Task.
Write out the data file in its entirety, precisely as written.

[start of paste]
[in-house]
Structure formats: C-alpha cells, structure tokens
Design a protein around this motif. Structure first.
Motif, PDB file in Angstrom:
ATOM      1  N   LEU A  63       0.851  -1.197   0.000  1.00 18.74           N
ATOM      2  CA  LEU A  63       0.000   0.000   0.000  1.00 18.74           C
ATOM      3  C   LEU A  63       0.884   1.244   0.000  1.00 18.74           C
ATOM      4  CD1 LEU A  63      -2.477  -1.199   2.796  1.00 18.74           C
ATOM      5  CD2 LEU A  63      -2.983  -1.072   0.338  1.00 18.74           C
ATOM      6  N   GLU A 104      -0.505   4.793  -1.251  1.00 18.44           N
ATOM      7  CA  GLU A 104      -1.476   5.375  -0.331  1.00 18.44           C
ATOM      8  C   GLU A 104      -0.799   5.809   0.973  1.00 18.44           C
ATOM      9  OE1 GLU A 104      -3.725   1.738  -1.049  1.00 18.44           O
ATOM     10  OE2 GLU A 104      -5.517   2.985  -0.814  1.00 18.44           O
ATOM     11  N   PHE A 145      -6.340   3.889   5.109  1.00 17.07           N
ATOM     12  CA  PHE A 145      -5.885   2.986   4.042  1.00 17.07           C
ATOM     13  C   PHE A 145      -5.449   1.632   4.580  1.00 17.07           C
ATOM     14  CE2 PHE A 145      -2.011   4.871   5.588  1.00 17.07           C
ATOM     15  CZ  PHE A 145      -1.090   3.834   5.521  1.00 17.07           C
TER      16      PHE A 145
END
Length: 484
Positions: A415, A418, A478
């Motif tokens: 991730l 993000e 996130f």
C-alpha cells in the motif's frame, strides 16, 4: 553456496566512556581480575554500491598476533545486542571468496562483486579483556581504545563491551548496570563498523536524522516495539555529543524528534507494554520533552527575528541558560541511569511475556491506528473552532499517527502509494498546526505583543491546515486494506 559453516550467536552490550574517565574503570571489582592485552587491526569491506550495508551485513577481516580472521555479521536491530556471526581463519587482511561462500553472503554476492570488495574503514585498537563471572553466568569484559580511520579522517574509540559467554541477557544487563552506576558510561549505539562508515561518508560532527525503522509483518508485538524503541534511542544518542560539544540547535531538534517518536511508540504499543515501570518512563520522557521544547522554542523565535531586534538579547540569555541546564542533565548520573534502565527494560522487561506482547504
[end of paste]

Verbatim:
[in-house]
Structure formats: C-alpha cells, structure tokens
Design a protein around this motif. Structure first.
Motif, PDB file in Angstrom:
ATOM      1  N   LEU A  63       0.851  -1.197   0.000  1.00 18.74           N
ATOM      2  CA  LEU A  63       0.000   0.000   0.000  1.00 18.74           C
ATOM      3  C   LEU A  63       0.884   1.244   0.000  1.00 18.74           C
ATOM      4  CD1 LEU A  63      -2.477  -1.199   2.796  1.00 18.74           C
ATOM      5  CD2 LEU A  63      -2.983  -1.072   0.338  1.00 18.74           C
ATOM      6  N   GLU A 104      -0.505   4.793  -1.251  1.00 18.44           N
ATOM      7  CA  GLU A 104      -1.476   5.375  -0.331  1.00 18.44           C
ATOM      8  C   GLU A 104      -0.799   5.809   0.973  1.00 18.44           C
ATOM      9  OE1 GLU A 104      -3.725   1.738  -1.049  1.00 18.44           O
ATOM     10  OE2 GLU A 104      -5.517   2.985  -0.814  1.00 18.44           O
ATOM     11  N   PHE A 145      -6.340   3.889   5.109  1.00 17.07           N
ATOM     12  CA  PHE A 145      -5.885   2.986   4.042  1.00 17.07           C
ATOM     13  C   PHE A 145      -5.449   1.632   4.580  1.00 17.07           C
ATOM     14  CE2 PHE A 145      -2.011   4.871   5.588  1.00 17.07           C
ATOM     15  CZ  PHE A 145      -1.090   3.834   5.521  1.00 17.07           C
TER      16      PHE A 145
END
Length: 484
Positions: A415, A418, A478
């Motif tokens: 991730l 993000e 996130f």
C-alpha cells in the motif's frame, strides 16, 4: 553456496566512556581480575554500491598476533545486542571468496562483486579483556581504545563491551548496570563498523536524522516495539555529543524528534507494554520533552527575528541558560541511569511475556491506528473552532499517527502509494498546526505583543491546515486494506 559453516550467536552490550574517565574503570571489582592485552587491526569491506550495508551485513577481516580472521555479521536491530556471526581463519587482511561462500553472503554476492570488495574503514585498537563471572553466568569484559580511520579522517574509540559467554541477557544487563552506576558510561549505539562508515561518508560532527525503522509483518508485538524503541534511542544518542560539544540547535531538534517518536511508540504499543515501570518512563520522557521544547522554542523565535531586534538579547540569555541546564542533565548520573534502565527494560522487561506482547504